Fewer fossil fuels are burned and emissions of greenhouse gases that contribute to climate change are subsequently reduced.
Raw materials require large amounts of energy to extract, refine and process them.
The effects of obtaining new resources can be felt on many levels. Accessing new raw materials not only causes environmental damage but also air and water pollution for local communities. Mining for new metals can have devastating effects on the landscape and the potential to endanger wildlife and the populations who live and work in and around the industry.
Mining precious metals like silver and gold causes erosion, contamination of soil and water and the loss of biodiversity. Excavating involves deforestation and the movement of large quantities of soil and vegetation and can cause injury from sinkholes and collapsed tunnelling as well as the release of toxic chemicals such as sulphuric acid, into the environment. There is also the potential for ancient rock to emit radioactive elements and dust into the atmosphere - a whole host of nasties
Recycling reduces landfill
By recycling our waste properly and efficiently, discarded materials can be reused or re-processed into new products resulting in less rubbish sent to landfill. The benefits of this are felt both locally and globally, not least the decreased emissions of methane and other harmful substances into the atmosphere, but also at considerably less cost to local authorities.
It's estimated to be six times cheaper to manage recycled rubbish than dispose of general waste with correspondingly less use of energy or new raw materials as a result.
The entire recycling process is more labour-intensive and requires more man power, helping to create jobs. A recent report calculated that if the UK target of recycling 70%+ of our waste was achieved by 2025 an estimated 50,000 jobs would be created to manage it.
All good reasons to sort your rubbish correctly!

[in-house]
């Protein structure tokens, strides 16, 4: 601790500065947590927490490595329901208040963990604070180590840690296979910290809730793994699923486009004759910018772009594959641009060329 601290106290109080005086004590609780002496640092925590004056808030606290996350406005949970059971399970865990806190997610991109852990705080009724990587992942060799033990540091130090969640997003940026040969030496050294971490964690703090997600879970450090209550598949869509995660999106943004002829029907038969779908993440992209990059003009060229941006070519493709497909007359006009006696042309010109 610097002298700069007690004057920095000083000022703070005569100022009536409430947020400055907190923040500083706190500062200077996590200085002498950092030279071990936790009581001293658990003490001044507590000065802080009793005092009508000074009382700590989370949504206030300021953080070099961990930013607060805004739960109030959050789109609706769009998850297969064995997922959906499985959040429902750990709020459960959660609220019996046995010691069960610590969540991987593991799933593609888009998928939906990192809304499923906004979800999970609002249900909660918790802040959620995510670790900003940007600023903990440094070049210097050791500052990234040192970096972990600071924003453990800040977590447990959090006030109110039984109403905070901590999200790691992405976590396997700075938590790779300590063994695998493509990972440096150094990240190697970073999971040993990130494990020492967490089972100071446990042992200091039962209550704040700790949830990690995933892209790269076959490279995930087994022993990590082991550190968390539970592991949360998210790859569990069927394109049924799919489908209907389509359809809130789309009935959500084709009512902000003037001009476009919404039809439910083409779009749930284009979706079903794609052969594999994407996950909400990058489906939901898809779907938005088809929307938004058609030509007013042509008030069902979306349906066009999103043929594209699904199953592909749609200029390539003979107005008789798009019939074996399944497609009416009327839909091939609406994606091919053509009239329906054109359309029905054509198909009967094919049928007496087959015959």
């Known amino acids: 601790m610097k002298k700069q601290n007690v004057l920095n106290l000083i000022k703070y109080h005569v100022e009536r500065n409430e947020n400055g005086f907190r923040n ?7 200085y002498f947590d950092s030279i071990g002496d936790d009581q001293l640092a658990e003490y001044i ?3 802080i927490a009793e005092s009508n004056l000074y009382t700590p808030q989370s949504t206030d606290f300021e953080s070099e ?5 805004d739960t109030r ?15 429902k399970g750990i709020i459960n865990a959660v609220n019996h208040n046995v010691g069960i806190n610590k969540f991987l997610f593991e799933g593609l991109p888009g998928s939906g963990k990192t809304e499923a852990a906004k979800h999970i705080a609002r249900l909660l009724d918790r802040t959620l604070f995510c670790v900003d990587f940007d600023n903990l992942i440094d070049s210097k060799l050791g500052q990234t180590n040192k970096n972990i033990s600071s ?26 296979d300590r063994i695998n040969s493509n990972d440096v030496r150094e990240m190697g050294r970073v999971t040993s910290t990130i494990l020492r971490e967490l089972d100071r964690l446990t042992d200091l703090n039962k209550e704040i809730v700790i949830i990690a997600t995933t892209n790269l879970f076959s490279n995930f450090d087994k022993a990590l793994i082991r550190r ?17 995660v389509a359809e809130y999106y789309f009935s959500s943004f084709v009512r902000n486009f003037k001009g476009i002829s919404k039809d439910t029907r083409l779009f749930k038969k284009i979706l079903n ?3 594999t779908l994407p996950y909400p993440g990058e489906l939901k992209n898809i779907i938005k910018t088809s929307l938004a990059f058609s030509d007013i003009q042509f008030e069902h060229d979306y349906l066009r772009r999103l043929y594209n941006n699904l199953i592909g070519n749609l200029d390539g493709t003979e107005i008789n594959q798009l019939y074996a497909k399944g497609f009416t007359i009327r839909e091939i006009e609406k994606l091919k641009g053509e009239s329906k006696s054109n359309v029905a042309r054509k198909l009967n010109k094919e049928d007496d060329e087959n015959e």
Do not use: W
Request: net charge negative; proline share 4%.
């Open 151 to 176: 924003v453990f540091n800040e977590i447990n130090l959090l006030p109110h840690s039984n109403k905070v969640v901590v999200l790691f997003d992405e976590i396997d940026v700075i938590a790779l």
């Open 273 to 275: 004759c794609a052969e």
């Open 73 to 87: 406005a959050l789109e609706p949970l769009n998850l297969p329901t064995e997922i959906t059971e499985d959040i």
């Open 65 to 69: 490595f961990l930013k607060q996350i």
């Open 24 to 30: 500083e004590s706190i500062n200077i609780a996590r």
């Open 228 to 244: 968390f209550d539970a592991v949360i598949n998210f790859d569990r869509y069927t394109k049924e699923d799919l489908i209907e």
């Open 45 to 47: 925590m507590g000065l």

So if these are the facts, what about the figures and how well are we actually doing?
According to the Gov.UK website, the total waste generated by UK households in 2018 was 26.4 million tonnes. Of that, only 45% (11.88 mill tonnes) was sent for recycling, a reduction on the 45.5% the previous year!
This year the government target for recycling household waste is 50% minimum, in stark contrast to that already being collected in other countries, notably Germany (56.1%), Austria (53.8%) and South Korea (53.7%).
But we could, and should be doing much better.
We all know that packaging, and plastic packaging in particular, is the scourge of the household waste bin, and we'd be right. 11.5 millions tonnes of packaging (44.5% of all household waste) is generated annually, although with increasing awareness of the environmental damage it does approx 70% is now either recycled or recovered.
Sadly little of this is plastic.
Last year 32% of all recycled packaging was paper and cardboard, followed by metal tins and cans, then glass with plastic lagging somewhere behind. Of the overall 1.7 million tonnes of plastic packaging generated by UK households per year, 371,000 were plastic bottles, but currently approx only 45% are recycled compared with the 90+% in Germany and Sweden.
Government figures for 2018 show the percentage of materials recycled:
Paper and card - 79%
Glass - 67%
Steel - 77%
Aluminium - 52%
Plastic - 46%
Wood - 30%
So where does this recycling go and what becomes of it?
Batteries/electrical equipment - reconstructed into reusable metals and components.
Food waste - biodegraded to make new compost and soil.
Glass - glass is melted down and used to make new bottles.
Textiles - clothes and other textile waste are processed and sent to developing countries. Those unsuitable for reuse are reprocessed into fibres to make new products.
Paper - recycled into new moulded-fibre products such as egg boxes.
Cardboard - Card is pulped and made into new goods.
Aluminium - melted down and made into ingots to form into new drink cans.
Plastics - reprocessed and made into building materials such as pipes, etc. for the agricultural and construction industry. Also shredded into pellets and remoulded into other plastic items.
Cooking oil - recycled into fuel, electricity, heat and fertiliser.
Garden waste and grass cuttings - shredded and composted for fertilisers and agriculture.
Polystyrene - reprocessed into furniture and car parts.
Wood - recycled into kindling and other wood products.
Copper, lead, steel, other metals - melted down and reused.
Tyres - reused for energy.
That well-known mantra, Reduce, Reuse, Recycle helps us identify the areas in which we can do our bit: choosing to buy less and more sustainably, thinking carefully about whether something can be reused, repurposed, rescued, mended or donated, and what we do with it when its life truly has come to an end.
All this brings us to why we started Luxecycled in the first place. It's not enough simply to recycle, we need to close the loop by buying recycled and ensuring what we buy is also recyclable as far as possible. When buying items that display the green chasing arrows, we support community recycling efforts, companies that make waste into new products and support a clean and healthy environment.
Blog by Gilly Carr
Founder of Luxecycled
& Sustainable Merton Community Champion
Visit Luxecycled.com to find out more!